Episode 41 Show Notes

Distrohoppers’ Digest Episode 41 Show Notes

MONTHLY FOIBLES  …wherein we discuss what we did this month

Moss: As mentioned last month,my wife and I got new Moto G Stylus 5G (2022) phones. It was interesting getting them set up, as our Pixel 3a XL phones were running CalyxOS and not in the Google ecosystem, so we could not simply move our files. We did, however, manage to get them working with all our apps, photos, etc. saved and transferred. They were quite glitchy the first week or two, although they seem to have settled down a lot since. I am still using my Pixel for viewing and listening, as the sound quality is considerably better.

I also have just gotten a new Samson Q2U microphone and an EBXYA 2×2 sound box. I hope my track is easier for Tony to work with this time, and I hope you can hear the difference. I just heard from Bill today that my track on the latest mintCast was smooth. The microphone came to me courtesy of the patrons of Full Circle Magazine; because of this donation, I was able to go ahead and buy the sound box now rather than later.

Dale: I read through what I had previously written in my third GUI article and decided to re-write about 50% of it. A good part of my time was spent watching videos and reading articles for research. It is easier to research the 1980s since it is more recent than my other two articles.

I’ve wanted to replace my other computer desk in my office. It was part of a larger L desk that didn’t survive the move last June. I was thinking of building something custom and in my search, I found a neat company, they are called Pipe Decor. They use industrial pipes used in water and gas distribution. They offer cleaned/painted pipes and fittings, ones you can clean and paint yourself, and stained table tops of different sizes. There are also many other racks, lamps, tables, etc available. I was quite impressed and surprised with their products. I am considering using one of their prebuilt desks and getting the fittings to combine it with one of their smaller desks to make another L-shaped desk. I will include a link to their website in the show notes.

I spent Super Bowl Sunday with a friend and his wife. I wasn’t planning on watching it. This was intended as a joke I made with him. I asked if he was having a Super Bowl party and inviting me. Now he knows I am not a fan of sports except for various auto racing, though I don’t watch them much anymore. He called me on Saturday afternoon asking what time I wanted to come over Sunday. The team he wanted to win didn’t. I am not sure if the commercials were weird or if it was just me. I haven’t watched broadcast TV in 5 or 6 years. [Moss: The TV commercials were SUPPOSED to be weird. More people watch the Superbowl for the commercials than for the game.]

In my Linux activities, I looked into how to use the DKMS drivers from System76 so I can use Solus Budgie on my Pangolin. I need them to be able to use my keyboard backlight and change the colors. There are also some power management and other drivers. After chatting with a member of the Solus IRC channel, I will compile the modules into the kernel since Solus doesn’t support DKMS. I also read about clr-boot-manager that Solus uses from the ClearLinux project. It manages kernel updates and works much differently than other distros. The link for it will be in the show notes. This was more than I wanted to get into since Solus does things a little differently. Depending on my success, I will ask if they can include these into their default kernel since I will have done the documentation, development, and testing. I am hoping they will, considering they offer the Nvidia Binary driver which requires the modules to be compiled to work with the kernel. I will look at this again when I have more time.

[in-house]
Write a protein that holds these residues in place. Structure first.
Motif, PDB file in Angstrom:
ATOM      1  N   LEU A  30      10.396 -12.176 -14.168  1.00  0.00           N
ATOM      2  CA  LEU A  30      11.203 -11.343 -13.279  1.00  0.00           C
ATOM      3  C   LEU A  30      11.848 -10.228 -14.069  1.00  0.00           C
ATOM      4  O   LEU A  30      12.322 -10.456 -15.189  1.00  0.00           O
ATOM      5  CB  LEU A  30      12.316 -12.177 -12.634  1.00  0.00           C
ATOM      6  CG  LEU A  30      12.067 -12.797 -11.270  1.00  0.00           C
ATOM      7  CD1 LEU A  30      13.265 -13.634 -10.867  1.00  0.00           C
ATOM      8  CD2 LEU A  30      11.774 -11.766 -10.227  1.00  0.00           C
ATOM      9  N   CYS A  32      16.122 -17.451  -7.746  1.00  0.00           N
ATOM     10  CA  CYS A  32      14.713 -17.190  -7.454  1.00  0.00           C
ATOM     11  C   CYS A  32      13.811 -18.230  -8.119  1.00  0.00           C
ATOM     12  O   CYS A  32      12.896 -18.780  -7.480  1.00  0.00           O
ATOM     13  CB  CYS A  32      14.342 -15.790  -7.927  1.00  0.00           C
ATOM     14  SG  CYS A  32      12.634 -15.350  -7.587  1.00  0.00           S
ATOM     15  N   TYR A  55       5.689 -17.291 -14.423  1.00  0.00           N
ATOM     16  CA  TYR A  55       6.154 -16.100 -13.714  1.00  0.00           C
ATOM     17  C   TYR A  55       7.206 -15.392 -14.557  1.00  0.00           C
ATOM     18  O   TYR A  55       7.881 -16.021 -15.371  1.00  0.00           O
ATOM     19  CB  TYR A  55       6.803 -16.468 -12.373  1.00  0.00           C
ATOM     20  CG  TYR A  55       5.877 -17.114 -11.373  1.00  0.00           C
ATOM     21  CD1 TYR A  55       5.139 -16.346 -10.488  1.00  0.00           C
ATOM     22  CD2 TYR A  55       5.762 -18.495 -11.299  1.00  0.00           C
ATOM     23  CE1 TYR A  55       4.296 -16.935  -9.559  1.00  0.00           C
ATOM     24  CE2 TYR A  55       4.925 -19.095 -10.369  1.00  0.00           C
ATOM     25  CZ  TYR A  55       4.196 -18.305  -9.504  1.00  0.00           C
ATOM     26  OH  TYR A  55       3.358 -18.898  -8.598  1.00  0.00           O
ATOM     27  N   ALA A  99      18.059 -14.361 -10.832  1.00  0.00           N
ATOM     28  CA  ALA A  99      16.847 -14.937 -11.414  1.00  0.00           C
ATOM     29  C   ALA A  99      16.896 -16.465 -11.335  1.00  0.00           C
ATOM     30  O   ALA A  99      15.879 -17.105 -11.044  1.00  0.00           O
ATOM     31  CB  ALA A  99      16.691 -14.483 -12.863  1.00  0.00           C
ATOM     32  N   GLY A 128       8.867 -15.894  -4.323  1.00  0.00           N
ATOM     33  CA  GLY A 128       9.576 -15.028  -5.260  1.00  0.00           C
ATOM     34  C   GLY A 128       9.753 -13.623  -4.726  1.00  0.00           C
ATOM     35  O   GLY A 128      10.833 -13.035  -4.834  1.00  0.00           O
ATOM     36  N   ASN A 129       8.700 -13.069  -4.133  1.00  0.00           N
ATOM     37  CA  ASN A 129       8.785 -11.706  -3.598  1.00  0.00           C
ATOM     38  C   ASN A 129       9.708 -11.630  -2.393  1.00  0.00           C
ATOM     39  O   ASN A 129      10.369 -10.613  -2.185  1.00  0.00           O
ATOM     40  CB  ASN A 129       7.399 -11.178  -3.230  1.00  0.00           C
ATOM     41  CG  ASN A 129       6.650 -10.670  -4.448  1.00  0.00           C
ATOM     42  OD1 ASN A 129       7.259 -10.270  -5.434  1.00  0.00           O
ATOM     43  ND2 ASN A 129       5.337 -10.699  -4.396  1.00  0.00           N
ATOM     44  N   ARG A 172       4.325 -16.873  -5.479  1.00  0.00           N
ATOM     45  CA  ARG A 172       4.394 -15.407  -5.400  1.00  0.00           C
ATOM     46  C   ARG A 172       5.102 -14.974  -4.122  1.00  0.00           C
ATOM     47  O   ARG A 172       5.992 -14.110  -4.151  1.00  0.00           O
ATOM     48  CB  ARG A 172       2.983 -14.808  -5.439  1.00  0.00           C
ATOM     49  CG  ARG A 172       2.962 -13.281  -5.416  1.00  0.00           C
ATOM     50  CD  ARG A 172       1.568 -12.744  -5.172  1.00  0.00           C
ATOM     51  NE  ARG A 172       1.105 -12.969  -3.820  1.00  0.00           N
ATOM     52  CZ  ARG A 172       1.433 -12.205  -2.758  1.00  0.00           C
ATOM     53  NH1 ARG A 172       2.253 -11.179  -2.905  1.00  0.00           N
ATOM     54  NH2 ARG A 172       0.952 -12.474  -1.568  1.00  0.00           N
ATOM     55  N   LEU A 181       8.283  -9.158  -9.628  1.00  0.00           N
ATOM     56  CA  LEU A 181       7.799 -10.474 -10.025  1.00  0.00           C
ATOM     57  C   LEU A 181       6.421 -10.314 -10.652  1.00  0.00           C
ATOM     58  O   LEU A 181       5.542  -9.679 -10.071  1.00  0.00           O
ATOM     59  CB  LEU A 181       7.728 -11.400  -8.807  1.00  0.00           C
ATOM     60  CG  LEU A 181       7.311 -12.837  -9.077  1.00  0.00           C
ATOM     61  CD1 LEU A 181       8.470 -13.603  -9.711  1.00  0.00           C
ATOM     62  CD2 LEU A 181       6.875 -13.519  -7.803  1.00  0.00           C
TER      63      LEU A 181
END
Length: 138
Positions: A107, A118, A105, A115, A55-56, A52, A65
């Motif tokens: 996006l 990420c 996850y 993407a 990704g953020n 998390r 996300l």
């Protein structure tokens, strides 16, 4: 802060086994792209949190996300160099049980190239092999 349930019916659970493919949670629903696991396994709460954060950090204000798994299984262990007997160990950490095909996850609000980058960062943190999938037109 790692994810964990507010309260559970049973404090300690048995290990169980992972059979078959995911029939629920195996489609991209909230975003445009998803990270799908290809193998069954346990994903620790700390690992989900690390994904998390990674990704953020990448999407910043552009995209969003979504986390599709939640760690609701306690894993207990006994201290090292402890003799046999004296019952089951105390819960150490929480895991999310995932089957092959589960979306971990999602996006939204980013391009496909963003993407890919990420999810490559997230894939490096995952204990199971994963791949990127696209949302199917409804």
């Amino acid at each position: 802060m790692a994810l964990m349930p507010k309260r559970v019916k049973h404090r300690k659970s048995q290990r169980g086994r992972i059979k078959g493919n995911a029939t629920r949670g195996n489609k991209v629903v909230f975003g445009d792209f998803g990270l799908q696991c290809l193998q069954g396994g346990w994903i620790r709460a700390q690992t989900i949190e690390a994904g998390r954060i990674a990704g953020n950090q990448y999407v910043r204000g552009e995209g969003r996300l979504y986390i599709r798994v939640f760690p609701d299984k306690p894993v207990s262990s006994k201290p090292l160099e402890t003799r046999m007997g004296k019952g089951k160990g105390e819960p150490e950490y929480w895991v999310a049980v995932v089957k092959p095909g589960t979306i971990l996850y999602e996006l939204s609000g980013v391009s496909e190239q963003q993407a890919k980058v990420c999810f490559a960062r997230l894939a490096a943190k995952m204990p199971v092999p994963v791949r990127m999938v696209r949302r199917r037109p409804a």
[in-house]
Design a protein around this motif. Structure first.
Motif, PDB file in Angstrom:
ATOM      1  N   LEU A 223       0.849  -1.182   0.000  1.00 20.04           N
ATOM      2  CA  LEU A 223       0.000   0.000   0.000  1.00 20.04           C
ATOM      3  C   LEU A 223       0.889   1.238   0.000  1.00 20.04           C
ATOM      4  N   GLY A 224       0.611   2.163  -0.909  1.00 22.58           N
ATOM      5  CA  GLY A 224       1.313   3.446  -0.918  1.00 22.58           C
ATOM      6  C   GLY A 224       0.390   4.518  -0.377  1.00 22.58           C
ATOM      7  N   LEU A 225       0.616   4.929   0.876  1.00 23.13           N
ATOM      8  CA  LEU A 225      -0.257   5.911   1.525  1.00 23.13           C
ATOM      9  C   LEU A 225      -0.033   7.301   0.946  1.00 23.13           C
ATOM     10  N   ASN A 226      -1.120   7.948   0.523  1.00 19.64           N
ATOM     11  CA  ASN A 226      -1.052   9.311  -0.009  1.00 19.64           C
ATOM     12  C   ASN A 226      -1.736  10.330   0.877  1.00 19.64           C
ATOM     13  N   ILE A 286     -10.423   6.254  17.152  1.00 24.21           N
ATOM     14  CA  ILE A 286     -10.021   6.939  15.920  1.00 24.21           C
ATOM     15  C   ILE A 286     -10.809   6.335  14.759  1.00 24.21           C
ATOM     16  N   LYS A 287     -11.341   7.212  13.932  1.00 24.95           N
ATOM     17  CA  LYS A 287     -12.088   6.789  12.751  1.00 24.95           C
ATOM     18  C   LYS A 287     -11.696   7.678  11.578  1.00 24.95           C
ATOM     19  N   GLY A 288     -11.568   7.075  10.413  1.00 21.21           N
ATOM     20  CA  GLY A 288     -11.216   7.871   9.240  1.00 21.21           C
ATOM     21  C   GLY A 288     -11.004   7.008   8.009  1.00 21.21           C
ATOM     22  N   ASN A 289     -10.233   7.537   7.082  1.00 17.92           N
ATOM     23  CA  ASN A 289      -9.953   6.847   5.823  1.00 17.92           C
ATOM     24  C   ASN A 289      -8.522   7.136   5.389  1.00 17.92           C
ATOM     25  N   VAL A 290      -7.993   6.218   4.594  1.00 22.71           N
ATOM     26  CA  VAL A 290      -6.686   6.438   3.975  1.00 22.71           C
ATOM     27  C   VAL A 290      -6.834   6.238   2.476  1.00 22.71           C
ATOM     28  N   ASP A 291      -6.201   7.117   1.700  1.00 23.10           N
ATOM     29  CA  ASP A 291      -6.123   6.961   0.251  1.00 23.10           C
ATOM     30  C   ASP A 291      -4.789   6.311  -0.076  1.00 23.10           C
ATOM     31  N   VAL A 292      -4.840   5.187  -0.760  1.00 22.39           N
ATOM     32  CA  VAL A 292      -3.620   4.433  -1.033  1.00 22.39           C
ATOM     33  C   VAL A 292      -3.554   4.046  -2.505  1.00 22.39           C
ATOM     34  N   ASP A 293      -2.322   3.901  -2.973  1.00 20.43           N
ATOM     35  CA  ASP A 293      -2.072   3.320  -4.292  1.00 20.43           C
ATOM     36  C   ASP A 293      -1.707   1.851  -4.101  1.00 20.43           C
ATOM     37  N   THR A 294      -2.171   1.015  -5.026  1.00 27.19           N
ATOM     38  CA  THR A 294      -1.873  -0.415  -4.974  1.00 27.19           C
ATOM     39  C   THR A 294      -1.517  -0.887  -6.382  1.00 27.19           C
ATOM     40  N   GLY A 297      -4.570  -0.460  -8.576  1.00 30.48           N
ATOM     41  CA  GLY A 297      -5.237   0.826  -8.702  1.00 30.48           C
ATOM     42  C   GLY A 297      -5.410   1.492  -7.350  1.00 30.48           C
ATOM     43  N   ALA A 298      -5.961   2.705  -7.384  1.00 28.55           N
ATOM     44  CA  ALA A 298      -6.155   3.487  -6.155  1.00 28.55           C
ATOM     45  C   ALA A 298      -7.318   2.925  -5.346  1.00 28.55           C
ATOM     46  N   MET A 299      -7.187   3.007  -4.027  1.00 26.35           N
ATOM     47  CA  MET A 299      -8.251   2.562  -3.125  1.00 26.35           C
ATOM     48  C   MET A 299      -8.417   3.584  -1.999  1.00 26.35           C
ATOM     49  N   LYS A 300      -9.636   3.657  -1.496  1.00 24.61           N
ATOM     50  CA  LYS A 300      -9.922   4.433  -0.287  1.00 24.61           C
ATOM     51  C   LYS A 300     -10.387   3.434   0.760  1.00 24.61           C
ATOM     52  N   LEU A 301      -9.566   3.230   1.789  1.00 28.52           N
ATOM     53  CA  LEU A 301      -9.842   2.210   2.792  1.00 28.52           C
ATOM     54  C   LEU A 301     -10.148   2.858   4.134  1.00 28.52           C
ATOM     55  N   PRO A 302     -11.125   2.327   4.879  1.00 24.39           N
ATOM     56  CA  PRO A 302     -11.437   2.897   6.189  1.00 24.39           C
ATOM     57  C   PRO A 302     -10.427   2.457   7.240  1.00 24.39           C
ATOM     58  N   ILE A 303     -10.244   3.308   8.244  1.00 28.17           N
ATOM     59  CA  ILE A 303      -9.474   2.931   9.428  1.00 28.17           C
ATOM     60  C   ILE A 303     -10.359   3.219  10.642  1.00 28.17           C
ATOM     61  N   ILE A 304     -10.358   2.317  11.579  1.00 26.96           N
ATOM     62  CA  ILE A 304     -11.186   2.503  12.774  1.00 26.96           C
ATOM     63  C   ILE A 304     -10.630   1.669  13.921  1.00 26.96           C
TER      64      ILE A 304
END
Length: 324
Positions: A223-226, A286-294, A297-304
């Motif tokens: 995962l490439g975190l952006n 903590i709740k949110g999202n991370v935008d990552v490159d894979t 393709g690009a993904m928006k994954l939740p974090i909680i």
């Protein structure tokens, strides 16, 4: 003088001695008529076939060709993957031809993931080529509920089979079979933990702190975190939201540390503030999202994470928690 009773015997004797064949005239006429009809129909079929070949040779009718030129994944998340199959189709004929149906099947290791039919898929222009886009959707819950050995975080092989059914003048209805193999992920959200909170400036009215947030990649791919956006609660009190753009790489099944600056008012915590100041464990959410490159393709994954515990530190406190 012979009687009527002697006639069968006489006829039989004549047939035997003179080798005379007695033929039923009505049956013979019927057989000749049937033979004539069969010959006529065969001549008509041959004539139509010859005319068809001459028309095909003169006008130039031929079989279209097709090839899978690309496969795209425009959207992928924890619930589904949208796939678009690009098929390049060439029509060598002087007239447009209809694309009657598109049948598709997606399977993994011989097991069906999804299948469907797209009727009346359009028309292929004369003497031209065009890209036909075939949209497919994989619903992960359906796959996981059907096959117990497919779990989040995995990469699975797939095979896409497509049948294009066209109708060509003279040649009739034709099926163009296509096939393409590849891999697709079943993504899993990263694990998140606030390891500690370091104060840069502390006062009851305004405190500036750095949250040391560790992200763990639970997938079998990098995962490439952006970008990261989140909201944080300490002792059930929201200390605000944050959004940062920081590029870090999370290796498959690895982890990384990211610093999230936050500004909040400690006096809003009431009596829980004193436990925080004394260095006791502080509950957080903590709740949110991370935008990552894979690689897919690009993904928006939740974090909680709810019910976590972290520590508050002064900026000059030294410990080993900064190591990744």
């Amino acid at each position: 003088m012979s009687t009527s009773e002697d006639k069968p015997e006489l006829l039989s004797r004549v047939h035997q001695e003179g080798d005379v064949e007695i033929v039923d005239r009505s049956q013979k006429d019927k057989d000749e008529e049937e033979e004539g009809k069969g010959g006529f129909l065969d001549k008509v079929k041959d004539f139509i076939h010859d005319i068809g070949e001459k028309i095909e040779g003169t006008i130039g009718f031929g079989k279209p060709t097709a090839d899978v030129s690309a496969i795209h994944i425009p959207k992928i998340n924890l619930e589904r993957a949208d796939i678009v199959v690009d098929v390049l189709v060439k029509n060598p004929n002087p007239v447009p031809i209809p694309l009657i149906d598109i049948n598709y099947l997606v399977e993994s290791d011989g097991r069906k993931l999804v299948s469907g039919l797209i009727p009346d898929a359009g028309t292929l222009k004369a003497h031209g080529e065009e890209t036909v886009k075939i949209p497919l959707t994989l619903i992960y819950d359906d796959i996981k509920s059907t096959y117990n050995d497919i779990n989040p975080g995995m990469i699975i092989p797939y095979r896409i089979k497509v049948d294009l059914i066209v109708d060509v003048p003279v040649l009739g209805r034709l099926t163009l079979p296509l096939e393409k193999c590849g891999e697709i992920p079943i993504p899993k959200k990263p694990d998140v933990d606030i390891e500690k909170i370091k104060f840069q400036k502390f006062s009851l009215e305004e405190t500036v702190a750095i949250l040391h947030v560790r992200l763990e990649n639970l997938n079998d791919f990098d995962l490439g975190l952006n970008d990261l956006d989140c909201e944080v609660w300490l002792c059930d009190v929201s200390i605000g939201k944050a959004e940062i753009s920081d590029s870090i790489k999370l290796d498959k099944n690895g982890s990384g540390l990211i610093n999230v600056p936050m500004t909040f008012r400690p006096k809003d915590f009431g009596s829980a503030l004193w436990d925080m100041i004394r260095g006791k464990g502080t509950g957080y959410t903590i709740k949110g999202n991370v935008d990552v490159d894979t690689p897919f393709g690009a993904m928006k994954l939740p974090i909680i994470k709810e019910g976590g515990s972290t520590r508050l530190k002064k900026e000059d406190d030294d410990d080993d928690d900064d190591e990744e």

clr-boot-manager from Clear Linux

I had an interesting rabbit hole jumping into the manual pages for Xorg. I will mention the need for this in my review of PCLinuxOS. I will include the link for them in the show notes.

Xorg Documentation

UPDATES (Where we discuss what we have learned about distros we’ve already reviewed)

Moss: Canonical released a 22.04.2 update on all their flavours, including updating the kernel.

Bodhi 7 64-bit is now at alpha5, and they are only chasing one bug right now to the best of my knowledge. I have alpha4 with updates running on my T580, and alpha5 running on my desktop.

The February edition of the Mint Newsletter outlined what changes will be in Mint 21.2 and is worth reading.

Trisquel 11.0 added 64-bit ARM and POWER architectures, in addition to having added 32-bit ARM in version 10, and remains completely “libre”.

Dale: Garuda has a new Raptor Eagle release on the 5th of March 2023. They have a brand new theme for Draganized referred to as Dr460nized and many other major internal and usability changes. A few are the setup assistant re-written in C++/Qt, Garuda-update has been updated, and Dracut has replaced mkinitcpio to generate the initramfs. Garuda Updates

Bluestar Linux is having issues with its 32-bit release once again. Citing unstable issues with archlinux32 causing compilation issues.

openSUSE Tumbleweed updated to Mesa 23.0.0, Flatpak 1.14.3, Plasma 5.27.1, x86_64_v3 update, cryptsetup 2.6.1, and updates to Xfce 4.18. openSUSE update 1,openSUSE update 2,openSUSE update 3. openSUSE Leap 15.5 will be in Beta soon. openSUSE Leap 15.5 Beta.

Redcore Linux Hardened 2301 codename Sirius has been released. A few updates are resync with Gentoo testing tree, Kernel 6.1.12 LTS, Plasma 5.27.1, and LXQT 1.2.0. Redcore Update

XeroLinux fixed the update tool and updated the Kernel to 6.2.6, and Plasma to 5.27.3.

Ben Fitzpatrick, the developer of StormOS, is working on an LFS-based edition of StormOS.